Are you developing buyer personas for your B2B content marketing efforts? A number of CMI contributors have tackled the topic of personas because it’s one of the most important things you can do. Those posts do a great job helping you get started, but today I want to answer some questions I frequently hear about persona development and provide you with a template.
What information should be included in a persona?
- Time in the job
- Works directly with
- Daily tasks
- Likes/dislikes about job
- Role in buying process
- Buying stage
To help people relate to your personas, add images and give names to your buyer profiles. Assigning a name to the persona helps everyone on the team think of this buyer as a real person, not just a piece of business.
How many personas do I need?
In B2B, most decisions are made by committee, so you need to develop a persona for each member of the decision making process. For many organizations, this means there will be several distinct personas:
If you sell multiple products or services with different audiences, you’ll need personas for each of these.
Specific personas are needed for each of these groups because you want to engage with them differently. Different personas enter the buying process at different times, and they care about different things.
For example, a VP or C-level executive who may be the ultimate decision-maker, may not enter into the “buying process” until the very last stage. This person is likely interested in product comparisons, case studies and cost justifications. Compare this to the “initiator” who is the first person your company is likely to engage with. This person is likely interested in non-product-specific information that explains the overall problem/solution, such as market research and eBooks.
Here are some ideas from Tom Pisello on what types of content make sense for various stages of social media.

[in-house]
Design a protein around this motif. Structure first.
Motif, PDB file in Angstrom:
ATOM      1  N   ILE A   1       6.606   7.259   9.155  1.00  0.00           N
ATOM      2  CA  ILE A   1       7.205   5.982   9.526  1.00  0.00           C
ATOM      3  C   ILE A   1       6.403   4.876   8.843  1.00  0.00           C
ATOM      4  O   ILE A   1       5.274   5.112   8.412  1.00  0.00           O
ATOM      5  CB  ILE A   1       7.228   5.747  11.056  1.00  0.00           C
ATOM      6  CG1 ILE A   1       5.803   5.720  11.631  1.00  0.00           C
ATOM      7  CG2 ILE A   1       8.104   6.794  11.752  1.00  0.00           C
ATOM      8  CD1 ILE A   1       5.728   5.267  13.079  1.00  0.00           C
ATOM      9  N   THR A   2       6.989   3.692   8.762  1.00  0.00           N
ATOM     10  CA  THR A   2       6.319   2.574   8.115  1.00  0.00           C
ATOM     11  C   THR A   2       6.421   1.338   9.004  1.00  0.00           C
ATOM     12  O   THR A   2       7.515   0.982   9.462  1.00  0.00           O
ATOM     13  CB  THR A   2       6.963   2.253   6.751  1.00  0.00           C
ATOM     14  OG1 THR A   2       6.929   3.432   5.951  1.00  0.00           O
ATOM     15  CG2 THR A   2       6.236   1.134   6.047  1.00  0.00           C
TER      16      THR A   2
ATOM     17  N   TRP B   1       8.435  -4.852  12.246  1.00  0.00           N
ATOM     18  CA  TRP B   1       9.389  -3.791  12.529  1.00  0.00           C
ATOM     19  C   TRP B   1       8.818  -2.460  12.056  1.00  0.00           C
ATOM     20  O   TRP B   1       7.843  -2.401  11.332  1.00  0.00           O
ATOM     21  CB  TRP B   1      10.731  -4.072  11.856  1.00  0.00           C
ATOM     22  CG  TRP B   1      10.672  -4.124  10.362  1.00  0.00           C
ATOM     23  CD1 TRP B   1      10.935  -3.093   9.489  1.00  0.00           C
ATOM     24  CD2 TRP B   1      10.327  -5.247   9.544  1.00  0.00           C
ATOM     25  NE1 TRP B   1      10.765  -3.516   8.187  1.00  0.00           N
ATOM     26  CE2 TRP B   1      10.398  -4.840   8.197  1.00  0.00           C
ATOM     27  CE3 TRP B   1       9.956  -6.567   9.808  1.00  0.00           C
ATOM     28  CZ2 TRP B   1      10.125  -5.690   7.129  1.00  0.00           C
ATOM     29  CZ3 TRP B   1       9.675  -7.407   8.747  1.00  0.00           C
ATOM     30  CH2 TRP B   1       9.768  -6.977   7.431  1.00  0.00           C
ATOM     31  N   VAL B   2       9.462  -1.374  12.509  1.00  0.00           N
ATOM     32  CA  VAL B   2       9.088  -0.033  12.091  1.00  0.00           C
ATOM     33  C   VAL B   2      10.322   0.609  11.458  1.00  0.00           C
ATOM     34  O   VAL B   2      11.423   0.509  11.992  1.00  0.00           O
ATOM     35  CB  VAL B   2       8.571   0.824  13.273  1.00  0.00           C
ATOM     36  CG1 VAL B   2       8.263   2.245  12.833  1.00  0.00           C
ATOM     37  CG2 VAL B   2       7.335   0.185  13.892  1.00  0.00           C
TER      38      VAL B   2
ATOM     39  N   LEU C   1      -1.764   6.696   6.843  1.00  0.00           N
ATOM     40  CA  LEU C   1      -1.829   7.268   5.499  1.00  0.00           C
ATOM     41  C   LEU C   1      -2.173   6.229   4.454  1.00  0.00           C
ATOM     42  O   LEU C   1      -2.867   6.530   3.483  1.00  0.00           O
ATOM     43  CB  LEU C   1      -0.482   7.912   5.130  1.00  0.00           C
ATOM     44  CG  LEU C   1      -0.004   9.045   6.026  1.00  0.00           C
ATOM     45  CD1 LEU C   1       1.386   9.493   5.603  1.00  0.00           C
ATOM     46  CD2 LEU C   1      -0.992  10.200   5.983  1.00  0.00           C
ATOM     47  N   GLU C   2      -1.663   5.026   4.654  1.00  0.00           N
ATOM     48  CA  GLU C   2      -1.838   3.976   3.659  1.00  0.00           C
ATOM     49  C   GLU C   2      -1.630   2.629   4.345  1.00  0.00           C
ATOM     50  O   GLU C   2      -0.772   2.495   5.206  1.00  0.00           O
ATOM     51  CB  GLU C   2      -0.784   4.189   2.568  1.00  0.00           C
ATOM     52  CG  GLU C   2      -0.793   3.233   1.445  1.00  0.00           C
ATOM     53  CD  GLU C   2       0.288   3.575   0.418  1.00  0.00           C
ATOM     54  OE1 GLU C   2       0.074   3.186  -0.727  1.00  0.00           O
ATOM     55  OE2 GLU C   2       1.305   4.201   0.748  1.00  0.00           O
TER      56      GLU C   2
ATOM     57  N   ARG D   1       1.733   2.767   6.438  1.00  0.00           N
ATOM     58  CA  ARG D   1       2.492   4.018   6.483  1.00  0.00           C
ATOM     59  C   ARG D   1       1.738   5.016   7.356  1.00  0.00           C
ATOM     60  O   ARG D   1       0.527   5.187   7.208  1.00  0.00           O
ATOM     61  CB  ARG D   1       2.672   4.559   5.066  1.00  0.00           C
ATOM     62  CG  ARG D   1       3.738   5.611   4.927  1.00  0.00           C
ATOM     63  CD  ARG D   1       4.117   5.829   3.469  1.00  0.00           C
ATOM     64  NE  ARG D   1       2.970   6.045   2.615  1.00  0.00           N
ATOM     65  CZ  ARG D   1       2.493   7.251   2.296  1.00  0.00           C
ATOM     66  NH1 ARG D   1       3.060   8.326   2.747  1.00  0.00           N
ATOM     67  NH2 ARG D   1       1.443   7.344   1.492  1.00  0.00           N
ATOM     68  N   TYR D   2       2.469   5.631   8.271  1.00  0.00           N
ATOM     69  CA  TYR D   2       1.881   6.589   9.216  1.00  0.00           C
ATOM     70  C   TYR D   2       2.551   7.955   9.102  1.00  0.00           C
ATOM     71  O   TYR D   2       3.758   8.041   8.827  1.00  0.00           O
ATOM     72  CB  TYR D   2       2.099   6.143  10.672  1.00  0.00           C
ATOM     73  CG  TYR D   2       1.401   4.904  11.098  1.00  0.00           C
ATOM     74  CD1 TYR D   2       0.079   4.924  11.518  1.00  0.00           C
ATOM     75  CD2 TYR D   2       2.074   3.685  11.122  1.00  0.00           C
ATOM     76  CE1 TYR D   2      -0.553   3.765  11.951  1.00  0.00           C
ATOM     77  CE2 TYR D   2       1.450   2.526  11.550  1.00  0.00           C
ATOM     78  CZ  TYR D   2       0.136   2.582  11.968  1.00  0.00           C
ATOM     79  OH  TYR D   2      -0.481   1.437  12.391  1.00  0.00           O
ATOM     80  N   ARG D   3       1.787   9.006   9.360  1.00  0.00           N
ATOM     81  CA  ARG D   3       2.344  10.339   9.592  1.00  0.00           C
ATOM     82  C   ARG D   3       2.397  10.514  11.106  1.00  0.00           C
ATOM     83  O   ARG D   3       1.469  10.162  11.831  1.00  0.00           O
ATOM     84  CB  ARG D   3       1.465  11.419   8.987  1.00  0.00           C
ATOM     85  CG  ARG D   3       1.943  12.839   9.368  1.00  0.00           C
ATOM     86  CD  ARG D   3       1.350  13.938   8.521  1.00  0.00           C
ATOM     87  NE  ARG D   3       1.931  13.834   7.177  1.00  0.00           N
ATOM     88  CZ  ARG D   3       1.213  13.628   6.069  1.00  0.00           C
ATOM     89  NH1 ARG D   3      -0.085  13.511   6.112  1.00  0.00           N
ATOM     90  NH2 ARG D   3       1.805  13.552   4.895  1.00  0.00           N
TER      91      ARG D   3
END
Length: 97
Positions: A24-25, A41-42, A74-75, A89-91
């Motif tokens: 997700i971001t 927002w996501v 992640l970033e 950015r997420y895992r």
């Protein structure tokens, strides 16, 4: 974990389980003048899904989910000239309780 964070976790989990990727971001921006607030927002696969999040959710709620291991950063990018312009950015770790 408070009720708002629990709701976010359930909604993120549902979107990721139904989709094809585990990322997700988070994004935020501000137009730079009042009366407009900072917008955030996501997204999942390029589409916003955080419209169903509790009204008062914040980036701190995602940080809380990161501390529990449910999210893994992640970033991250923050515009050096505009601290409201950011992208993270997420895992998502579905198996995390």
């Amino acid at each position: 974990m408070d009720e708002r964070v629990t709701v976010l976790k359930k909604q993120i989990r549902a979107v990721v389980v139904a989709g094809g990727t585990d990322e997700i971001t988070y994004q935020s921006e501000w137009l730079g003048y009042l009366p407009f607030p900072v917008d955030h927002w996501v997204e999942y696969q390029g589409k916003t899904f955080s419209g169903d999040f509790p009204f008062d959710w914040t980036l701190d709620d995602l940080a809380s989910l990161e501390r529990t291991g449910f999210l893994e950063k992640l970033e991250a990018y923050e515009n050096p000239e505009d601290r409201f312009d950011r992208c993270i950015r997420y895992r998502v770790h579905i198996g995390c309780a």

I don’t have time to create all of these personas. What do I do?
While it’s ideal to have specific personas for every person involved in the buying process, if you have limited time or are getting started, take baby steps.
Start with two or three key personas, and work through the process. For example, if you are selling technology, consider focusing on your end users, their managers and the IT liaison between that user group and the corporate IT group. This way, you cover “the user,” the “influencer” and the “buyer.”
Then, once you’ve nailed those core personas, move onto the peripherals such as the “gate keeper” or “influencer.” Ultimately it depends on your goals, but the important step to go through is the exercise to really get to know your buyers.
Which departments in my company should be aware of my personas?
While developing personas is primarily a marketing exercise, it’s critical you document this information for your entire company.
- In the age of social media, anyone in your organization could engage with prospects, so you want everyone to be using the same information.
- Personas are a great educational tool for new hires.
As a suggestion, you can host “lunch and learns” to train different groups within your organization on the buyer personas and how what you’ve learned about your buyers specifically relates to them and what they do.
Again, making your personas as personal as possible with images and names will help others in your organization relate to these people.
These are some of the questions about buyer personas I hear most frequently. What other questions do you have? Let me know in the comments below!
Other posts in this series: